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Artificial limbs have advanced quite a bit since the days of the pirate peg leg, but not nearly enough for DARPA. The Pentagon agency has kicked off a new phase of its “Revolutionizing Prosthetics” program that sets the hefty goal of creating a fully-functional human limb directly controlled by the brain within five years, according to Wired’s Danger Room.

DARPA has already backed the “Luke” prosthetic arm controlled by foot-operated joysticks, the brainchild of Segway inventor Dean Kamen. But the neurally-controlled prosthetic project requires scientists to make neural-recording interfaces that last longer than their current measly two-year lifespan.

A more sensitive interface that detects more brain activity would also be good. DARPA’s existing prototypes can only transmit 500 events per second, compared to the thousands of neural communications involved in a simple motion such as using an arm to eat.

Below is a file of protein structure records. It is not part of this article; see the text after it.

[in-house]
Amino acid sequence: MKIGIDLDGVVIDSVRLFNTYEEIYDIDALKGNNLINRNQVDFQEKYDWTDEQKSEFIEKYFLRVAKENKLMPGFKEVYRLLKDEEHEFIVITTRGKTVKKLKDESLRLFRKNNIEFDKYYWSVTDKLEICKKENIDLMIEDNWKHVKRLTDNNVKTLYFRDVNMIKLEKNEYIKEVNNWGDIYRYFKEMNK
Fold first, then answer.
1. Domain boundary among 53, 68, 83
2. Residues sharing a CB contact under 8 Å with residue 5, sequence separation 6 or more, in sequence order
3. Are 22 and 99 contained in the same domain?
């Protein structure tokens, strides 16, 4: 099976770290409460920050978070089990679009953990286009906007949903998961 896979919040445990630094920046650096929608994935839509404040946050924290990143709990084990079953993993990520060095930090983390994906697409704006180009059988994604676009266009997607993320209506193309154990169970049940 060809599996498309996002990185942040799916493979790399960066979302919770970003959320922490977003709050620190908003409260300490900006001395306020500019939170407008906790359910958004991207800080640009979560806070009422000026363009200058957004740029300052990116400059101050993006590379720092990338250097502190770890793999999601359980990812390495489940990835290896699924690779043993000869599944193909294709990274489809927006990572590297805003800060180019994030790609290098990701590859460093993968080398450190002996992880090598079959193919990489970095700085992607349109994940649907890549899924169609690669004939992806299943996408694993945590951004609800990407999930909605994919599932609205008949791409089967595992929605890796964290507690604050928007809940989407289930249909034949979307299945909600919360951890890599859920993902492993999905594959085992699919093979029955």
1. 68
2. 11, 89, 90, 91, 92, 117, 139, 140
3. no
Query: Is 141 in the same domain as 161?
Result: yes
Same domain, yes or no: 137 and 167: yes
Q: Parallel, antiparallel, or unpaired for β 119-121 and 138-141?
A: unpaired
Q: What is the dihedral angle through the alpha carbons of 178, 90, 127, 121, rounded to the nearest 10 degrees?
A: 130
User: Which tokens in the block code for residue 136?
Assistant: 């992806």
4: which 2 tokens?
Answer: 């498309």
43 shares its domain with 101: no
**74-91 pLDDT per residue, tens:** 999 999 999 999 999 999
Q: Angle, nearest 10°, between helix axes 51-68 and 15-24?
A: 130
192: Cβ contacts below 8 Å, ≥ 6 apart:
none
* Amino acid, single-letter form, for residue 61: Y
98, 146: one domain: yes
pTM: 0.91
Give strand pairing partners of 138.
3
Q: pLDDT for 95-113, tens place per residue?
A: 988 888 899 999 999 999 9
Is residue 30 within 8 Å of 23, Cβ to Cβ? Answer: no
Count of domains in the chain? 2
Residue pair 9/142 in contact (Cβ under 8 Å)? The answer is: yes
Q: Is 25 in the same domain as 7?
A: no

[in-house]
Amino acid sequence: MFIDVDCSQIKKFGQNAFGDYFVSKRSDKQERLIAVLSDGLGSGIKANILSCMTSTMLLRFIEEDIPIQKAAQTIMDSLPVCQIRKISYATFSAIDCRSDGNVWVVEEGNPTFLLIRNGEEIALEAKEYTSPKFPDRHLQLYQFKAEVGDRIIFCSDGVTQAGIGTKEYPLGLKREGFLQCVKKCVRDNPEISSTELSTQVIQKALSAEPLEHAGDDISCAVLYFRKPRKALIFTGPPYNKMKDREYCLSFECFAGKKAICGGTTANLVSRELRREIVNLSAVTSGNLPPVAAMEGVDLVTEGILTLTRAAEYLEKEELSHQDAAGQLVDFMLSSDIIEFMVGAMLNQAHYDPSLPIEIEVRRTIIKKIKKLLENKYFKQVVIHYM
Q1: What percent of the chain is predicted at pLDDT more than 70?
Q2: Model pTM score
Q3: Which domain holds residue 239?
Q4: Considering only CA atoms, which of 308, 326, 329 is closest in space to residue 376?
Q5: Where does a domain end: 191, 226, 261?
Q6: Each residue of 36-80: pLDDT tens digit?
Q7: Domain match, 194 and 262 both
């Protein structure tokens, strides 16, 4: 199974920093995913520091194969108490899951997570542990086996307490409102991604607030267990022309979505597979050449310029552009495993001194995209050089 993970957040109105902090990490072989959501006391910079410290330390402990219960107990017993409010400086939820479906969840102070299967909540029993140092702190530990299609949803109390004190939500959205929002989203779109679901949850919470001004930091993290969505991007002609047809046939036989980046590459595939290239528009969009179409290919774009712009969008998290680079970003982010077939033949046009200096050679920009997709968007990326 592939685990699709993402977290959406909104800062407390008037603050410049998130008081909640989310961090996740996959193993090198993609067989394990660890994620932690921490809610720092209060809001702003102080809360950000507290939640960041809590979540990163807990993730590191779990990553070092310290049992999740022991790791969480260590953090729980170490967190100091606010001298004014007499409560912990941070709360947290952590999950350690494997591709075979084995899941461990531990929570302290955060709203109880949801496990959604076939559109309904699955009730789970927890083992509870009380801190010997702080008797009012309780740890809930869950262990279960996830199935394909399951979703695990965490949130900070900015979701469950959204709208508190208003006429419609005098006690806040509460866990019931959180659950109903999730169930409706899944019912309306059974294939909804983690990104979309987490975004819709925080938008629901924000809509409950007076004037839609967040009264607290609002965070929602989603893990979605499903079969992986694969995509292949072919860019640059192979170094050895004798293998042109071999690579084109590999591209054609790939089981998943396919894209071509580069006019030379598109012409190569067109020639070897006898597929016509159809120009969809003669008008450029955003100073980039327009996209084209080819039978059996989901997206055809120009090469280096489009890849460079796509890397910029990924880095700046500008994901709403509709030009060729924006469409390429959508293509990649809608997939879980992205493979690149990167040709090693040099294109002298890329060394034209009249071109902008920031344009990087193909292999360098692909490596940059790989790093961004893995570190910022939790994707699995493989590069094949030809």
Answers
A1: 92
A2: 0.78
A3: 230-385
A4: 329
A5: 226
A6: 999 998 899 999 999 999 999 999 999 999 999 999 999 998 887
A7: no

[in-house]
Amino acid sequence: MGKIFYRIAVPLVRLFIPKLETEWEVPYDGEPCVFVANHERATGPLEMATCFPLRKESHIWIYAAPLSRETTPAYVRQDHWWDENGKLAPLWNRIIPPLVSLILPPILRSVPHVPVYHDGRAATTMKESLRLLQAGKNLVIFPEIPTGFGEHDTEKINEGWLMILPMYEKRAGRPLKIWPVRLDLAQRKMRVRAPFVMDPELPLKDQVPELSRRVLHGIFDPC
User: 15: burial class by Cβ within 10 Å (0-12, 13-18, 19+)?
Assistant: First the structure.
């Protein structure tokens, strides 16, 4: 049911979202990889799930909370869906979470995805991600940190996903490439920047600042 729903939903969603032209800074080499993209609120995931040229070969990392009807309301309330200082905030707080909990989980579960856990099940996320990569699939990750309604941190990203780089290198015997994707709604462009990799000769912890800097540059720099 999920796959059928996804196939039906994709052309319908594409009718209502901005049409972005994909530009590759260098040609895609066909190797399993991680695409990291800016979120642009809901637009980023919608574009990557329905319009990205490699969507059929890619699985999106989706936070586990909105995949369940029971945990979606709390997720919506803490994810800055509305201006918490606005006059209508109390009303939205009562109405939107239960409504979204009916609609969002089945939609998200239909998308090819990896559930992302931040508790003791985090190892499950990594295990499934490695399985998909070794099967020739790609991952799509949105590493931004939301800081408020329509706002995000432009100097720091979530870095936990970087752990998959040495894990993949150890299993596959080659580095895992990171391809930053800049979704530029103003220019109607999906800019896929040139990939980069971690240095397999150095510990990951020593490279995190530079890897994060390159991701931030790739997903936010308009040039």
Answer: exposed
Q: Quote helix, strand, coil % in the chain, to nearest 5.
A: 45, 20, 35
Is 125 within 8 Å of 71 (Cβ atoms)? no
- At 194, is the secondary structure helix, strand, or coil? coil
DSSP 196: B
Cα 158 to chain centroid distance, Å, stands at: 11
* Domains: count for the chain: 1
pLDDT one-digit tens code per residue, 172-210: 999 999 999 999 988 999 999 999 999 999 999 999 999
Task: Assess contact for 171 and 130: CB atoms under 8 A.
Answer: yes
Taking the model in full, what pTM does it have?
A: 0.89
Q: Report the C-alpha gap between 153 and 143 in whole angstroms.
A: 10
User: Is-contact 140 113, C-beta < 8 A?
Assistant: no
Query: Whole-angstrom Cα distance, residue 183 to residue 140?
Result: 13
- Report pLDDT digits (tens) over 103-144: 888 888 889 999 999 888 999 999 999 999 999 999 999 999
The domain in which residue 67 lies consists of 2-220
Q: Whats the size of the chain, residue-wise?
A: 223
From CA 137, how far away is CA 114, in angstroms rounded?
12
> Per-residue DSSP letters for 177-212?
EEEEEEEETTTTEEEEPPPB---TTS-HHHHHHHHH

The new goal for neurally-controlled limbs is a prosthetic that has a 70-year lifespan and perfect integration with the human body. But as Wired’s Danger Room notes, DARPA has already planned for failures by encouraging researchers to push the limits of current interfaces — better to study failure in a lab before a military veteran finds that his or her device has stopped working.

Given that this is DARPA, the project also mentions using brain implants that interface directly with the human nervous system. Sounds like the agency managers might want a chat with Intel’s researchers.

[via Wired’s Danger Room]

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